COLUMBIA — It’s about being at the right spot, at the right time.
That’s how morel mushroom enthusiast Stan Hudson described hunting the rare fungus. Hudson gave a presentation about hunting and cooking morel mushrooms Monday evening in the Park Office Building at Rock Bridge Memorial State Park.
About 10 mushroom enthusiasts were there to learn about morel mushrooms and share stories of their own experiences while eating some fried morels that Hudson prepared.
Hudson coated the morels with a light batter of half egg and half milk, rolled them in flour and seasoned them with pepper and other seasonings. After deep-frying them, he added salt and passed them around for everyone to sample.
“All the ones I’m cooking up, I found at Rock Bridge Memorial State Park over the weekend, 10 feet off the path,” Hudson said as he cooked.
The presentation included tips on where to look for morels, though Hudson said he would never divulge specific spots where he finds them. Though it’s hard to predict where morels will be in any given season, they are often found around elm, sycamore, maple and willow trees, in addition to old apple orchards, Hudson said.
Hudson also discussed different ways to cook them – frying, sautéing, grilling or baking them are the most popular forms. Hudson posts recipes on the blog that he keeps about morel hunting. His blog, Mid Missouri Morels and Mushrooms, also includes videos, photographs and stories of his experiences.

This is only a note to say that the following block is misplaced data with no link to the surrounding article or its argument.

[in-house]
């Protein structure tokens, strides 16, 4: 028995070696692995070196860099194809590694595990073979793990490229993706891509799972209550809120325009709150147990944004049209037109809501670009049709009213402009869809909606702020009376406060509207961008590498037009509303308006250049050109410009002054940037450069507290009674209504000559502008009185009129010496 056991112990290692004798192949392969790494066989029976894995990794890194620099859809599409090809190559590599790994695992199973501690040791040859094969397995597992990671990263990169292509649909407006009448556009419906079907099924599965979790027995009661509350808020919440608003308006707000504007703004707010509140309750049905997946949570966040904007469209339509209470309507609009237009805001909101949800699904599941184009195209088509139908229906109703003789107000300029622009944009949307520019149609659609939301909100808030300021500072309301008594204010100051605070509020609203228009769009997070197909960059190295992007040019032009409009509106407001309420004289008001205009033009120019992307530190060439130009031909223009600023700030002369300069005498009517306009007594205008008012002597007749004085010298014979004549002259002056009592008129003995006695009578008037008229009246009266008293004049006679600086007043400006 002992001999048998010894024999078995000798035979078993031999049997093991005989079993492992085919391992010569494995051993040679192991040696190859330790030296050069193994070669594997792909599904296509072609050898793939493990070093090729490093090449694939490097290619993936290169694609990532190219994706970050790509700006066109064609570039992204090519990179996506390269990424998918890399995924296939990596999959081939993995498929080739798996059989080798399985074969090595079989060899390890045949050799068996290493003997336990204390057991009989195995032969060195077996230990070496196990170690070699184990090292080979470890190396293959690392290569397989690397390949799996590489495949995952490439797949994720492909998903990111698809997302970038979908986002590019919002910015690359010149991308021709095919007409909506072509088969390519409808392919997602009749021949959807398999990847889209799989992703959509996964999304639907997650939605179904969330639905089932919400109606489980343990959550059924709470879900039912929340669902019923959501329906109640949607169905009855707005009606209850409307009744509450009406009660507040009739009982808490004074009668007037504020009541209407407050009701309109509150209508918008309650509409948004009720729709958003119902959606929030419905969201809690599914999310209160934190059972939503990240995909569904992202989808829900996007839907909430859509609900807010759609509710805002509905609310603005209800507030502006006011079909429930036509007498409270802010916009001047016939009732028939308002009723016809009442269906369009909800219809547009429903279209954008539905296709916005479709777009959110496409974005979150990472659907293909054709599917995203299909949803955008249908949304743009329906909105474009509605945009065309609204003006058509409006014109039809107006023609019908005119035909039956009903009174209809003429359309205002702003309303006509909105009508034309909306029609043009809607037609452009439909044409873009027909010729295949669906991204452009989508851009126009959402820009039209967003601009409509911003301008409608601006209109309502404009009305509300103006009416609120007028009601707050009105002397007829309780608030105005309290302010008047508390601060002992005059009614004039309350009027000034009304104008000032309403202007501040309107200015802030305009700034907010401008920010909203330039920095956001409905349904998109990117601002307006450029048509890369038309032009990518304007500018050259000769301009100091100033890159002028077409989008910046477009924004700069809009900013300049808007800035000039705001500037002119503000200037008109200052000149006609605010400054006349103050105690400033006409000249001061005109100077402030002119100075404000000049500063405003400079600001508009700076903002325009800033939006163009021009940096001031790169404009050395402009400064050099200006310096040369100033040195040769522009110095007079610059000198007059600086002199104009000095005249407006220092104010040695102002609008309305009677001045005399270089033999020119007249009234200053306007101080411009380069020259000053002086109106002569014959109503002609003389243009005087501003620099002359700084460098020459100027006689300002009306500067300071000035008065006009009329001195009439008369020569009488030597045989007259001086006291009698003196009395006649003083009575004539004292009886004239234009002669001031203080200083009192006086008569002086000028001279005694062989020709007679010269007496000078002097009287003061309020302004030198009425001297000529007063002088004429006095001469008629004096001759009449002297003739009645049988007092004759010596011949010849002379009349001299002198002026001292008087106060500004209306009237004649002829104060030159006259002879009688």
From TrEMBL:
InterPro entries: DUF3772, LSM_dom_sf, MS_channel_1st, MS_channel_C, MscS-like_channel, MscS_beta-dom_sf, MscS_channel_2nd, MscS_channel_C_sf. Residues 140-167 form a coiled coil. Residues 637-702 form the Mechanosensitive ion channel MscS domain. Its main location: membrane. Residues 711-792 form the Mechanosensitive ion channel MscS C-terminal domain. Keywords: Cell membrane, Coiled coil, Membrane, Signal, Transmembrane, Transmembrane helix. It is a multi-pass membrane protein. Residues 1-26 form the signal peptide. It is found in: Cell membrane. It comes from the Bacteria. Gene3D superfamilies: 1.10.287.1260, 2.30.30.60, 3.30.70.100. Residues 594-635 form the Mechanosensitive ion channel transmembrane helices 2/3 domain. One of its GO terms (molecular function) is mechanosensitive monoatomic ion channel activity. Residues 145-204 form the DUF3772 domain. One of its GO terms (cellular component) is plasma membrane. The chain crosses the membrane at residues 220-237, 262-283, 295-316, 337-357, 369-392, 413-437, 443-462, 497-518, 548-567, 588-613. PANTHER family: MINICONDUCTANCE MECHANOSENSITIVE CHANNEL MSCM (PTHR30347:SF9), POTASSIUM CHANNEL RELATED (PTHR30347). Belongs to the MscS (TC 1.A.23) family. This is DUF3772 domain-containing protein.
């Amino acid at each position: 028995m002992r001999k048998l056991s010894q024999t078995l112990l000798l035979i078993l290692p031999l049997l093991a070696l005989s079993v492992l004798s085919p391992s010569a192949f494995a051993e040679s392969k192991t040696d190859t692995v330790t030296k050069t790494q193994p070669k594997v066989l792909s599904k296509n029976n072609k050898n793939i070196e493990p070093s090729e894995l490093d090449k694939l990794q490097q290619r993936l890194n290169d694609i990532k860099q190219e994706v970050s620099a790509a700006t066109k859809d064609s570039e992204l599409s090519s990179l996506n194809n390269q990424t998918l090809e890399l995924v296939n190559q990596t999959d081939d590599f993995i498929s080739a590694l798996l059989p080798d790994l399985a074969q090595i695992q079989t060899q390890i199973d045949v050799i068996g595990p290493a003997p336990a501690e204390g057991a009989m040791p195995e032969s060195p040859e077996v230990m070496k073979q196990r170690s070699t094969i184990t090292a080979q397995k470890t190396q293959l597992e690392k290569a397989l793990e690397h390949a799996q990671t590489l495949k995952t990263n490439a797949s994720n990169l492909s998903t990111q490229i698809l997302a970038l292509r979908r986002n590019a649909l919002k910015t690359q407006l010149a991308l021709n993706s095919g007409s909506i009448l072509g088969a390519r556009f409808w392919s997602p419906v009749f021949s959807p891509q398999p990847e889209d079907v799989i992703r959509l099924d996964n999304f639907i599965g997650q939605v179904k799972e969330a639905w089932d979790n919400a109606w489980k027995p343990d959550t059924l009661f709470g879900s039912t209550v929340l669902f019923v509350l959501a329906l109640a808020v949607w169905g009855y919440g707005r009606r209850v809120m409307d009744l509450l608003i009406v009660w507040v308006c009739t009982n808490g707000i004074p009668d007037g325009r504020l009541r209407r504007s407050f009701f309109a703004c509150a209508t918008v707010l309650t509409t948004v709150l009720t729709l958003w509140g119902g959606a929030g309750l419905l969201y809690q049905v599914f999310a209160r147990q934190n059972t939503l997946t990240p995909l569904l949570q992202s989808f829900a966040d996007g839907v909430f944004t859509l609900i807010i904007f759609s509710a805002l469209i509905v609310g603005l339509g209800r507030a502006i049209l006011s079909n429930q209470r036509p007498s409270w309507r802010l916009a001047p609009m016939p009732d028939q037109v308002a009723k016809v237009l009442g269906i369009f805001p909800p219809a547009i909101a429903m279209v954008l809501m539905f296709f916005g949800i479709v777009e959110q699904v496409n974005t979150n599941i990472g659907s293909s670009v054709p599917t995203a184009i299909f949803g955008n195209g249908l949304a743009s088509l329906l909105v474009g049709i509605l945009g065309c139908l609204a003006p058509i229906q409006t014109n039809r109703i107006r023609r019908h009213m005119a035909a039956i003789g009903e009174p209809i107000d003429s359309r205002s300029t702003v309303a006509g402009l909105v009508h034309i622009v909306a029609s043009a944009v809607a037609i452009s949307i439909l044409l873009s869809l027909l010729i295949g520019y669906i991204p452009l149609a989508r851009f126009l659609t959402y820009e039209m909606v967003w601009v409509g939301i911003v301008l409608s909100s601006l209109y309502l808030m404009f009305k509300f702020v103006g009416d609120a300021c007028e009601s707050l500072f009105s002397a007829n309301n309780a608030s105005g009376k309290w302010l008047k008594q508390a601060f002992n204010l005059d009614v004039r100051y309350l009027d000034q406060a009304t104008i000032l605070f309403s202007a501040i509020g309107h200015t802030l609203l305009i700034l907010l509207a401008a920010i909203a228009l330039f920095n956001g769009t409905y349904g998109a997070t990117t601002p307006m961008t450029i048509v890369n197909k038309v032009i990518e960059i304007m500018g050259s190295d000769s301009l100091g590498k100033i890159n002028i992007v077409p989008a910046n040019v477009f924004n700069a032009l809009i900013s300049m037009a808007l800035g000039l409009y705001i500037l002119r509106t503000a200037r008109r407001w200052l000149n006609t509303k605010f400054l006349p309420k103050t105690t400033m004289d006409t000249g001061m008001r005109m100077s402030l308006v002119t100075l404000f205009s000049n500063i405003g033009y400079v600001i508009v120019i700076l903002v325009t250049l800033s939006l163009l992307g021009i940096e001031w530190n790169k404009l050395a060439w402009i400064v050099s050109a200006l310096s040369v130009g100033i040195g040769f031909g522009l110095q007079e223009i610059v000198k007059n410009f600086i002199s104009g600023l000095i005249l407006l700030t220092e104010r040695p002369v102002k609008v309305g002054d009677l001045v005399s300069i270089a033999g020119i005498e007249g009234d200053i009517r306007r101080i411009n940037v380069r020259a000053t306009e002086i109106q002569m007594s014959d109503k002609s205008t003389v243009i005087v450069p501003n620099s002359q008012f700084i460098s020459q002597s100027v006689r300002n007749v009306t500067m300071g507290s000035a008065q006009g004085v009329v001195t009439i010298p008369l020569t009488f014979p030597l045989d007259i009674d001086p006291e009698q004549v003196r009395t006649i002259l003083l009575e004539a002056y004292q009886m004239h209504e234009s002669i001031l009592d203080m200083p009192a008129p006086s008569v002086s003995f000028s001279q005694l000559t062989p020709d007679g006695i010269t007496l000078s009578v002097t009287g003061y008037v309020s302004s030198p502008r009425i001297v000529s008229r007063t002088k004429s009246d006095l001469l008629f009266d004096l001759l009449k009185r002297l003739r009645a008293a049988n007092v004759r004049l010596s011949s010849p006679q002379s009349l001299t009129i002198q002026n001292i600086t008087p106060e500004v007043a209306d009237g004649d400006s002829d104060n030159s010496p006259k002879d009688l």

One new enthusiast, Janice Gaston, was there to learn more about the process and took notes throughout the presentation.
Gaston became interested in mushrooms after reading an article about edible mushroom hunting by Maxine Stone in an issue of the Missouri Conservationist Magazine. She then found a five-pound Hen of the Woods mushroom, which she cooked following a recipe from Stone’s article.
“It was an experience that led us into great fun with mushrooms,” Gaston said.
Morel mushrooms are edible wild mushrooms that grow in the spring. They are dependent on the temperature of the soil and the amount and timing of precipitation during the season, said Johann Bruhn, an MU research associate professor of plant sciences.
“It appears that 50 degrees Fahrenheit is the key temperature for the soil, and if the warming of the soil is accompanied by abundant rainfall, then it is likely to produce a fruiting body – a mushroom,” Bruhn said.
Bruhn said it's shaping up to be a good year for morels.
Hudson said he knows it's morel season when he sees the first flowering dandelion growing in his yard.
Hudson said that to find morels, “You just got to get out and look.”